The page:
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Walmart to trial driverless grocery deliveries in Texas

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Grocery giant Walmart is to pilot the autonomous delivery of groceries in Houston, Texas. The trial is being carried out using technology from Nuro, an autonomous vehicle firm.

In a blog post on the Medium website Tuesday, Nuro said the trial would use electric, self-driving vehicles to deliver groceries from a select group of Walmart stores in Houston.

A “pilot group” of customers who opted-in to the scheme will be the first to receive deliveries using the technology, Nuro added.

Houston is already home to a delivery service using Nuro’s vehicles. In select zip codes, Kroger customers can pay a $5.95 delivery charge for their shopping to be delivered by Nuro.

Rise of autonomy

Starship Technologies, another firm that specializes in self-driving deliveries, says its robots can deliver items within a four mile radius. In August, the business announced it had completed 100,000 deliveries using the technology.

And on Wednesday, information and communication technology firm Ericsson announced that an autonomous passenger ferry in Trondheim, Norway, had carried people across the city’s harbor canal.

The Swedish company partnered with telecommunications firm Telia and the Norwegian University of Science and Technology (NTNU) for the demonstration. The ferry, called milliAmpère, uses sensors to “record its surroundings”, according to Ericsson.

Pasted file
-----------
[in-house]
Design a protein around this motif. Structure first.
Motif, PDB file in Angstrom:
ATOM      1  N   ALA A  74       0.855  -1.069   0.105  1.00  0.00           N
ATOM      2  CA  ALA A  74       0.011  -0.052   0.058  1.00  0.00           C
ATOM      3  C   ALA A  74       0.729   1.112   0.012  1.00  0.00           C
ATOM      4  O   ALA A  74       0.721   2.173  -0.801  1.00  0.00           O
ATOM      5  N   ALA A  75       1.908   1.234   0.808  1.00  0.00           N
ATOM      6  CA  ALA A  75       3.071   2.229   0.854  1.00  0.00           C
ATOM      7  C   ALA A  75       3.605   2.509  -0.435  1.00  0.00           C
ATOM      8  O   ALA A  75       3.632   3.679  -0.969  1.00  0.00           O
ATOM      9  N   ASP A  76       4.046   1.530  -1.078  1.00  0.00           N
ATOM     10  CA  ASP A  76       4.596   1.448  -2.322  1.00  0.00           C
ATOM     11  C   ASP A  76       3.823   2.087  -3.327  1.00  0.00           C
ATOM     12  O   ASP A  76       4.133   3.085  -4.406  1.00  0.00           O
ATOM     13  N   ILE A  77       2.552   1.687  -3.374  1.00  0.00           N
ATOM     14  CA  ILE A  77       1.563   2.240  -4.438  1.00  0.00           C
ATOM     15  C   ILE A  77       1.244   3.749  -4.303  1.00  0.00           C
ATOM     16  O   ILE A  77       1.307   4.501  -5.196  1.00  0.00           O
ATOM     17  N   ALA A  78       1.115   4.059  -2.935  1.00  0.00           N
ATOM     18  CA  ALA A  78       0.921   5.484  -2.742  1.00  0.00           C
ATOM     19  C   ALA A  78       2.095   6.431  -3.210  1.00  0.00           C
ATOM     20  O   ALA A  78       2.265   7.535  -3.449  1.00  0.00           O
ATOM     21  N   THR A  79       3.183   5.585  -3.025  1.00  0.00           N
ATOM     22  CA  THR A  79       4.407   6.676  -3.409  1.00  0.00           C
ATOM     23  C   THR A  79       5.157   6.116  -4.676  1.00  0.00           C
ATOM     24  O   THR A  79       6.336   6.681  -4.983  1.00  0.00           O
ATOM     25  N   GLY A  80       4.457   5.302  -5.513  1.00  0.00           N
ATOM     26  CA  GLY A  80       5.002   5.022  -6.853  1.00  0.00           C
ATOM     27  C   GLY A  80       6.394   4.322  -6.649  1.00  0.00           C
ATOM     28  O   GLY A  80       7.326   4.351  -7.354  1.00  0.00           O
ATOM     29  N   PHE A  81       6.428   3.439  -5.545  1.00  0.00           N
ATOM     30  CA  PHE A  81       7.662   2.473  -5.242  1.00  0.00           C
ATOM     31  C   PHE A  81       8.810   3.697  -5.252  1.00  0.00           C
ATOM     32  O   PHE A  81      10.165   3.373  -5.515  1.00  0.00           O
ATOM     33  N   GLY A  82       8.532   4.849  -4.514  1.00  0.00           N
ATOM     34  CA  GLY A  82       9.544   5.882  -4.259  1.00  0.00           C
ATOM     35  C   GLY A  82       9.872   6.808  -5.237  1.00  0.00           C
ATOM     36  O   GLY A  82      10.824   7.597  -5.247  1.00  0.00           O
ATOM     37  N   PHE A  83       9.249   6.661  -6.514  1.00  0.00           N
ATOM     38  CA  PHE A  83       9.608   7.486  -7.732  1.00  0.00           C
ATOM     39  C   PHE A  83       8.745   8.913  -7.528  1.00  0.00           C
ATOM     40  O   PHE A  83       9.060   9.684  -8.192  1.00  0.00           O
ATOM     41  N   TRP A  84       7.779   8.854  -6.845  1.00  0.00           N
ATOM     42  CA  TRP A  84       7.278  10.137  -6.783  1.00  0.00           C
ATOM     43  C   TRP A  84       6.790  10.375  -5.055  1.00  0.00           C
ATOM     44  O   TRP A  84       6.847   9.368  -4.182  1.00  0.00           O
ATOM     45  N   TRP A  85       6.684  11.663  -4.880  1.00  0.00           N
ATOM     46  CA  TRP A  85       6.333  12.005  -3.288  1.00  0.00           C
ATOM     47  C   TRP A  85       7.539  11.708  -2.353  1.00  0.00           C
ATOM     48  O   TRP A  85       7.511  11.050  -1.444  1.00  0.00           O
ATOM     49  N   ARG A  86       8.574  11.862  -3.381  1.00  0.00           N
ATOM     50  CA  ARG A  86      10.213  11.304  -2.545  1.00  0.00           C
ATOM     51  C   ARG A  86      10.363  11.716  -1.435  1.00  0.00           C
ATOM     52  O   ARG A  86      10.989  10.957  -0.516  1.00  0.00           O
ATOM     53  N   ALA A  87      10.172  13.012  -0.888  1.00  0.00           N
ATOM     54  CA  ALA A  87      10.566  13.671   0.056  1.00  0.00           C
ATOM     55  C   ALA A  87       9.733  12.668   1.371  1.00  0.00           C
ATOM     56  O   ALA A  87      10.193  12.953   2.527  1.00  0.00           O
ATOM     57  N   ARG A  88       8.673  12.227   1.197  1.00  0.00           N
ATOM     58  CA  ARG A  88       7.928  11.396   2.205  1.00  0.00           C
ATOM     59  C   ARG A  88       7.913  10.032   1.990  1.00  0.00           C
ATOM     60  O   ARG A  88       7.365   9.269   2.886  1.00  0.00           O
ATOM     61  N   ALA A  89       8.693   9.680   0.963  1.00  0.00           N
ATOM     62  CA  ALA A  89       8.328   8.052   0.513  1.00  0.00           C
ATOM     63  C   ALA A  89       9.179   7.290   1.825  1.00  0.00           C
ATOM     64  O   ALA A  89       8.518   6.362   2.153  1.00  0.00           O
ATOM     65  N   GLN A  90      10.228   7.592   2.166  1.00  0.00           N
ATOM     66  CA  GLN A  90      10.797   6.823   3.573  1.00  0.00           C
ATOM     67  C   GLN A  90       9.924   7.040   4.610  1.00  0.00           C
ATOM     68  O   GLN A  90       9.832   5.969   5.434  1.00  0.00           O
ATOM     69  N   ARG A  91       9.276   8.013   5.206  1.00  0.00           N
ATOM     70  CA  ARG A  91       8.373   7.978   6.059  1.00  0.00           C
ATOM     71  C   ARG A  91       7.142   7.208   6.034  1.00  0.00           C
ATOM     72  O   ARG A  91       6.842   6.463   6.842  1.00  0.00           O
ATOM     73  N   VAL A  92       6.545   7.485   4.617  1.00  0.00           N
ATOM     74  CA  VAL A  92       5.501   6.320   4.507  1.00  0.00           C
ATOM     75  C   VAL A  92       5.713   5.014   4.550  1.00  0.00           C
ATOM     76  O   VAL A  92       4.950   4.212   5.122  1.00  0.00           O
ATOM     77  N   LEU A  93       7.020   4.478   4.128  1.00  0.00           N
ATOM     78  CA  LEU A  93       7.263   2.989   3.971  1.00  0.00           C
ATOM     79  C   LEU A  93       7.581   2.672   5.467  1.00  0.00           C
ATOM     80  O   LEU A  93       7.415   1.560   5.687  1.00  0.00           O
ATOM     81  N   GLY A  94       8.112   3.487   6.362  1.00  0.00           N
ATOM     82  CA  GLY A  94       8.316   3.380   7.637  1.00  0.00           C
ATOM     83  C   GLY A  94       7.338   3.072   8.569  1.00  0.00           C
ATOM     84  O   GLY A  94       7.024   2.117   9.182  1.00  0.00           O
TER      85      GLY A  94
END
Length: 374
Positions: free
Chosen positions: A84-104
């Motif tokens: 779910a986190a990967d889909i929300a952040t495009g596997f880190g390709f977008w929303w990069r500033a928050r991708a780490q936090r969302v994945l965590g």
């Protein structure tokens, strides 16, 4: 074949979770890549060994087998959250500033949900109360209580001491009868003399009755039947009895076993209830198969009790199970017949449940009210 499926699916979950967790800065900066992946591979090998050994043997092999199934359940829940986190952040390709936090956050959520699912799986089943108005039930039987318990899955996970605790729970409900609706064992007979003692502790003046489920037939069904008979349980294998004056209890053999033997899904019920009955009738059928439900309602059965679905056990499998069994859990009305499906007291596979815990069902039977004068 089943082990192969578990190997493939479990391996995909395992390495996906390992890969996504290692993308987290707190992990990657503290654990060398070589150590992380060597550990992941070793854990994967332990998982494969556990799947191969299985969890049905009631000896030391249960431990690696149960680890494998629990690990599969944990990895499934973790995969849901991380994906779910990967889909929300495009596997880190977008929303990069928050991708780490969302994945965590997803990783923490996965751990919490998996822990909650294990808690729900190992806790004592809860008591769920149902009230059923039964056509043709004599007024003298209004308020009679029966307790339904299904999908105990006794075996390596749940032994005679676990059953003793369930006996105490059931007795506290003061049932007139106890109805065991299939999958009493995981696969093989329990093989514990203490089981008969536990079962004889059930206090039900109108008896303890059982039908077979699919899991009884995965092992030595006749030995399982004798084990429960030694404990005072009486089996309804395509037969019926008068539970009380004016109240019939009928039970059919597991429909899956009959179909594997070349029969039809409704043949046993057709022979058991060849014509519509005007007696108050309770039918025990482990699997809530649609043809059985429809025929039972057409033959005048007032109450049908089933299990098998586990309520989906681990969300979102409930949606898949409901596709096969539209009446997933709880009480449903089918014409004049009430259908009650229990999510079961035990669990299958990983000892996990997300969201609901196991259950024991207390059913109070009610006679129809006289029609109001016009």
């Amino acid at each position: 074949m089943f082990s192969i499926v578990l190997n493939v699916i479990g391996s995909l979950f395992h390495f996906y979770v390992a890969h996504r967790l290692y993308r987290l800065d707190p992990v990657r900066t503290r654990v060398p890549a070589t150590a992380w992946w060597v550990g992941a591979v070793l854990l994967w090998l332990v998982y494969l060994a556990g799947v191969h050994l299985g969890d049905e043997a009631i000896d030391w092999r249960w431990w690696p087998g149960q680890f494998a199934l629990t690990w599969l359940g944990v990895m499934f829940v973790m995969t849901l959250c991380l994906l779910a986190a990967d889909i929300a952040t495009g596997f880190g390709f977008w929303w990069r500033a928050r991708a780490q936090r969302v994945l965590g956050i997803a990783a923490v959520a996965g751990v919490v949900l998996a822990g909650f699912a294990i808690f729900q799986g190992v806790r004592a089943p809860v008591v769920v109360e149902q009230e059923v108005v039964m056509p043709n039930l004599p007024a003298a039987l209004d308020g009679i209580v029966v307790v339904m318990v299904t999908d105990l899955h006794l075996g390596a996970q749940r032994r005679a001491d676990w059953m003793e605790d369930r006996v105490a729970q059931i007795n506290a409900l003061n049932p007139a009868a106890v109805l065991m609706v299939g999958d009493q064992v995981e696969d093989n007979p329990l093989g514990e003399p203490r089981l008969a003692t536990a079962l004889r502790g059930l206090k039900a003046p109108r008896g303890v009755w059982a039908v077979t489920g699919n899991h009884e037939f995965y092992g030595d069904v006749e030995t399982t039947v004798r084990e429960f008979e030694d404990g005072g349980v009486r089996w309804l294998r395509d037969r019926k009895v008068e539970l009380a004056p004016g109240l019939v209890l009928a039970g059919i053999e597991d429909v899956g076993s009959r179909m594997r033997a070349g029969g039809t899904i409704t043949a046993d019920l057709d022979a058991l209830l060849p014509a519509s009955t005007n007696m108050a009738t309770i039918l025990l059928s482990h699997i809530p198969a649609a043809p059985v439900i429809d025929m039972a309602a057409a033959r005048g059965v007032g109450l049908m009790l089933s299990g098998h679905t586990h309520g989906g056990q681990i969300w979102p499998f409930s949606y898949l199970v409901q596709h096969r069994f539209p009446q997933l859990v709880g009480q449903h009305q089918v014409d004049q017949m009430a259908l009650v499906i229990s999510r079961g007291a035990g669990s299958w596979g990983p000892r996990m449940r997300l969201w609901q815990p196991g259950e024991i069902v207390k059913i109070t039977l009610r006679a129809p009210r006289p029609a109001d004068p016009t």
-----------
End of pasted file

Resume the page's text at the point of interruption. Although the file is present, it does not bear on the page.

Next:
The business said its 5G technology was used to help Telia “securely support the large amount of data transfers needed to support the autonomous ferry.”

5G refers to the fifth generation of mobile networks. While it promises cell phone users incredibly fast browsing experiences, it will also benefit the autonomous vehicle sector through its ability to process reams of information and data simultaneously and quickly.

“The data is analyzed so that the vessel finds its way itself and avoids any obstacles, and at the same time the distance to the quay is measured so that the boat can safely moor itself,” Egil Eide, associate professor at NTNU’s Department of Electronic Systems, said in a statement.

Eide added that, in the event of an emergency, the ship could be controlled remotely from a control center using the same mobile network.

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